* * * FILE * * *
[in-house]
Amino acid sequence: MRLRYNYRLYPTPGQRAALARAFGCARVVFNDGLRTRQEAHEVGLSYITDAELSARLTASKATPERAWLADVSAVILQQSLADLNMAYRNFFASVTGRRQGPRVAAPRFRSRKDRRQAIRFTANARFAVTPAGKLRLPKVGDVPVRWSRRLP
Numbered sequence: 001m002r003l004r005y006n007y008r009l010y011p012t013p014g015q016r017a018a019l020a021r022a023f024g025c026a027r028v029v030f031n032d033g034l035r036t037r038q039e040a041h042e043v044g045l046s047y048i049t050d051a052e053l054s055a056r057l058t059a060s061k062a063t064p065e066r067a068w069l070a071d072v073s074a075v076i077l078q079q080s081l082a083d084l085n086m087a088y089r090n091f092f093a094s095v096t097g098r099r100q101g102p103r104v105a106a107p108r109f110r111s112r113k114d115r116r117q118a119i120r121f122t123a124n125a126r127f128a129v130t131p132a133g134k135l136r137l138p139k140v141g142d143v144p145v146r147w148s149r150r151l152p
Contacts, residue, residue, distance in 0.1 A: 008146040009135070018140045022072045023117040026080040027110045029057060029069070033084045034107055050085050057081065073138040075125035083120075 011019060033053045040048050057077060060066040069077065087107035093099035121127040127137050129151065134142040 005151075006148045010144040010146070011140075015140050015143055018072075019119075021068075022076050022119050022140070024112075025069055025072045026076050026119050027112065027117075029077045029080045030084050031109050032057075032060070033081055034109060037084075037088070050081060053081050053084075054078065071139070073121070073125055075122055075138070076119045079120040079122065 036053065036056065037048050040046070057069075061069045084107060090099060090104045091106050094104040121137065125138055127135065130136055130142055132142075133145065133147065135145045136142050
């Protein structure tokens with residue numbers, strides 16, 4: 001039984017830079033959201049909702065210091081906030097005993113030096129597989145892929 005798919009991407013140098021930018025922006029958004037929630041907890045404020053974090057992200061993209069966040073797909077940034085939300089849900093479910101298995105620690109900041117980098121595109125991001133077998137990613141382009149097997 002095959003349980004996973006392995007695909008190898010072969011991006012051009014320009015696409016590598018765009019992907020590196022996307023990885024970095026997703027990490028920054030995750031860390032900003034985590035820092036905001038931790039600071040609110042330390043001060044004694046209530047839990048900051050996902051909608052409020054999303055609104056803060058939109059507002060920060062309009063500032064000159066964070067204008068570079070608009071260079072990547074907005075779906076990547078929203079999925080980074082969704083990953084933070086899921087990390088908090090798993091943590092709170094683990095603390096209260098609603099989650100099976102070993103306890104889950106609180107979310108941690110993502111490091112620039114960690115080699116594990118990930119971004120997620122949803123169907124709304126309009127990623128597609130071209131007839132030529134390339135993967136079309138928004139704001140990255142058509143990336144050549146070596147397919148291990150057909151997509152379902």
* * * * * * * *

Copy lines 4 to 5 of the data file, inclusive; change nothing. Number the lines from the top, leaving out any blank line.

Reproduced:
Contacts, residue, residue, distance in 0.1 A: 008146040009135070018140045022072045023117040026080040027110045029057060029069070033084045034107055050085050057081065073138040075125035083120075 011019060033053045040048050057077060060066040069077065087107035093099035121127040127137050129151065134142040 005151075006148045010144040010146070011140075015140050015143055018072075019119075021068075022076050022119050022140070024112075025069055025072045026076050026119050027112065027117075029077045029080045030084050031109050032057075032060070033081055034109060037084075037088070050081060053081050053084075054078065071139070073121070073125055075122055075138070076119045079120040079122065 036053065036056065037048050040046070057069075061069045084107060090099060090104045091106050094104040121137065125138055127135065130136055130142055132142075133145065133147065135145045136142050
């Protein structure tokens with residue numbers, strides 16, 4: 001039984017830079033959201049909702065210091081906030097005993113030096129597989145892929 005798919009991407013140098021930018025922006029958004037929630041907890045404020053974090057992200061993209069966040073797909077940034085939300089849900093479910101298995105620690109900041117980098121595109125991001133077998137990613141382009149097997 002095959003349980004996973006392995007695909008190898010072969011991006012051009014320009015696409016590598018765009019992907020590196022996307023990885024970095026997703027990490028920054030995750031860390032900003034985590035820092036905001038931790039600071040609110042330390043001060044004694046209530047839990048900051050996902051909608052409020054999303055609104056803060058939109059507002060920060062309009063500032064000159066964070067204008068570079070608009071260079072990547074907005075779906076990547078929203079999925080980074082969704083990953084933070086899921087990390088908090090798993091943590092709170094683990095603390096209260098609603099989650100099976102070993103306890104889950106609180107979310108941690110993502111490091112620039114960690115080699116594990118990930119971004120997620122949803123169907124709304126309009127990623128597609130071209131007839132030529134390339135993967136079309138928004139704001140990255142058509143990336144050549146070596147397919148291990150057909151997509152379902």